12 March 2013

Haskell has a lot to offer when it comes to cleaning up your code structure. One of the gains is proper error signaling. Let us look at common C code returning NULL to signal errors and setting a global error variable:

void \*foo(...) {
  if (error) {
	errno = 42;
    return NULL;
  } else {
    return result;

You will find this for example in the standard function fopen. Additionally a global variable errno is set, to signal which kind of error was encountered. While this is very straight forward it has two problems:

  1. You are not warned if you use the result without checking for an error
  2. The global variable errno will be overwritten on every call

Now most modern languages solve this by adding Exceptions as a controlflow escape mechanism. They are as common place as shun upon, since they can cause great headaches in compiler construction, reasoning about code, multithreading, maintainability and cleanup.

A lot has been done in the Haskell world to study the subject. One of the most common approaches in real world libraries is to use MonadError with (Error e) => Either e a. We all know, that this is most convenient, especially because of the do-notation to chain computations which can fail:

foo :: Either String Result
foo = do
  x <- bar
  y <- baz x
  return y

Either also is the Haskell name for coproducts, Either Coproduct

which means

recover = either recover use . Left
use = either reover use . Right

Where either is the unique function

either f _ (Left x) = f x
either _ g (Right y) = g y

and equality is up to Haskell’s reduction and alpha renaming. If an initial neutral element exists, coproducts can be turned into monoids. This element exists for the typeclass Error because of noMsg : (Error e) => e.

instance (Error e) => Monoid (Either e a) where
  mempty = Left noMsg
  (Left _) `mappend` x = x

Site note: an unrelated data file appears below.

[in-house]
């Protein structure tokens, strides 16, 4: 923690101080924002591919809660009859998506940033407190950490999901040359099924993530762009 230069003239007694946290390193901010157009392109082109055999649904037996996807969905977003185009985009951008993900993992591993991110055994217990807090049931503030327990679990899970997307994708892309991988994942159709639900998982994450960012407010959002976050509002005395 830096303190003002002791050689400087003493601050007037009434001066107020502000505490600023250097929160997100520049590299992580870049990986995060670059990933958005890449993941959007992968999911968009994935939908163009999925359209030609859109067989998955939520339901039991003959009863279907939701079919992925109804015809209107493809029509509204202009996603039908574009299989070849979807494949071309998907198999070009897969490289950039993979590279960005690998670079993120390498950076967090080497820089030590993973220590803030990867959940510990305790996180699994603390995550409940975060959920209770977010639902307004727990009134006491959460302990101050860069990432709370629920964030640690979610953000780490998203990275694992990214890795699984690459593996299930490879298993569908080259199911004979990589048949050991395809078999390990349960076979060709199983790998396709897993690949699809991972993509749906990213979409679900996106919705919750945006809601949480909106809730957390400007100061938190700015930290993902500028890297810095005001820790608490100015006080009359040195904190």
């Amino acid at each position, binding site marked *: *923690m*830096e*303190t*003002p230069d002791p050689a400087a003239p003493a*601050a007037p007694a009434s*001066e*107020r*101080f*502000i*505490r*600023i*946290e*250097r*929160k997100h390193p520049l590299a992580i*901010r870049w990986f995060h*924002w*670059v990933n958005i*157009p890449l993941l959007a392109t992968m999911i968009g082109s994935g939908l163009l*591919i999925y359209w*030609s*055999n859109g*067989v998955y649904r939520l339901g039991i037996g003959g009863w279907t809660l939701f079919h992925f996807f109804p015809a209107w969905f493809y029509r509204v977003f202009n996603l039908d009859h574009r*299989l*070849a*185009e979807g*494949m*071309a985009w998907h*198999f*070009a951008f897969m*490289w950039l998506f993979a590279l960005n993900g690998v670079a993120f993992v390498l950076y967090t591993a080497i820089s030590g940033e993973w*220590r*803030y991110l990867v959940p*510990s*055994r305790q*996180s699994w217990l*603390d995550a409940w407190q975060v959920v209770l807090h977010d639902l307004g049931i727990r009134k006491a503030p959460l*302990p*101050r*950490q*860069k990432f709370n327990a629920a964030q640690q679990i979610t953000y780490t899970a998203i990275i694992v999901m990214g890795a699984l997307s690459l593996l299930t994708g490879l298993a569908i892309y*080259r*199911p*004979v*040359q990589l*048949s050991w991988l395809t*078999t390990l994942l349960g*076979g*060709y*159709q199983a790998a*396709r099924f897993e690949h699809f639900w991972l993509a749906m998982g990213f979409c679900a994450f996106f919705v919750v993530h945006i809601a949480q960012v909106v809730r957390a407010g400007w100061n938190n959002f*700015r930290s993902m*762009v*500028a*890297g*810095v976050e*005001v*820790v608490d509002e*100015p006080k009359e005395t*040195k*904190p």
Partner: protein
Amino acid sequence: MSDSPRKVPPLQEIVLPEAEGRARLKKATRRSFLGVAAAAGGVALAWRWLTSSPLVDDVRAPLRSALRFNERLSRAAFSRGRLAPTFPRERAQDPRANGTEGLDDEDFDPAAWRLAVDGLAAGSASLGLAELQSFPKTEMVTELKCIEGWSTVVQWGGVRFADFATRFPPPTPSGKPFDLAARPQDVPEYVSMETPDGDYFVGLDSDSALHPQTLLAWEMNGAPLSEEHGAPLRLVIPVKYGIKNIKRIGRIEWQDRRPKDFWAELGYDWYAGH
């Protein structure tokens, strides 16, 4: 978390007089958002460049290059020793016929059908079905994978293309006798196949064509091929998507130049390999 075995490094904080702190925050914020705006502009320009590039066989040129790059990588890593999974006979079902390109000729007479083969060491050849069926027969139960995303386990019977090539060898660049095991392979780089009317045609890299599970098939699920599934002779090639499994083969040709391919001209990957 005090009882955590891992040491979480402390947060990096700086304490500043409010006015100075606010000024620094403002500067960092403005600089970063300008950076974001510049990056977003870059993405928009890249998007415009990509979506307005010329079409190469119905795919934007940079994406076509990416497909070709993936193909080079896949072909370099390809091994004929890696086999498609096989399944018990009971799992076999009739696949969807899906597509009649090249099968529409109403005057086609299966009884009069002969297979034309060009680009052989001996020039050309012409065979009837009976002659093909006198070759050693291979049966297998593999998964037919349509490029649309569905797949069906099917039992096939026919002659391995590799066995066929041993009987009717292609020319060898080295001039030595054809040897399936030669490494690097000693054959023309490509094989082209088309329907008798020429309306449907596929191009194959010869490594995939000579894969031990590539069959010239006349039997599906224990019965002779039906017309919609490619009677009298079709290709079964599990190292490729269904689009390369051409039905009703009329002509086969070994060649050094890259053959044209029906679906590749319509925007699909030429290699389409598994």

res@(Right _) `mappend` _ = res

Combined with the monadic properties, this can as well be expressed as a MonadPlus instance. It is well known, that this interface allows elegant backtracking

backtrack :: (Error e) => [Either e a] -> Either e a
backtrack = foldl1 mappend

backtrack returns the first computation that did not fail. However the amiable reader might have noticed that the second problem mentioned above is not solved:

(Left err1) `mappend` (Left err2)

will drop err1 and only return err2. Luckily there is an easy improvement on the Monoid (or MonadPlus) instance of Either . What is really missing is a way to combine multiple errors and preserve the monoid properties. The easiest way to obtain the missing piece is to add a monoid requirement on the error type argument:

instance (Error e, Monoid e) => Monoid (Either e a) where
  mempty = Left mempty
  (Left e1) `mappend` (Left e2) = Left (e1 `mappend` e2)
  (Left e1) `mappend` res@(Right _) = res
  res@(Right _) `mappend` _ = res

Even though this approach is most simplistic, it just works :). Error types for which no combination is available can easily resort to the standard behavior:

instance Monoid StandardError where
  mempty = Left noMsg
  err `mappend` _ = err

A full blown instance declaration (including a monad transformer to stack the new error mechanism) can be found here. Let me know, if you need anything else (more instances, an upload to hackage, …).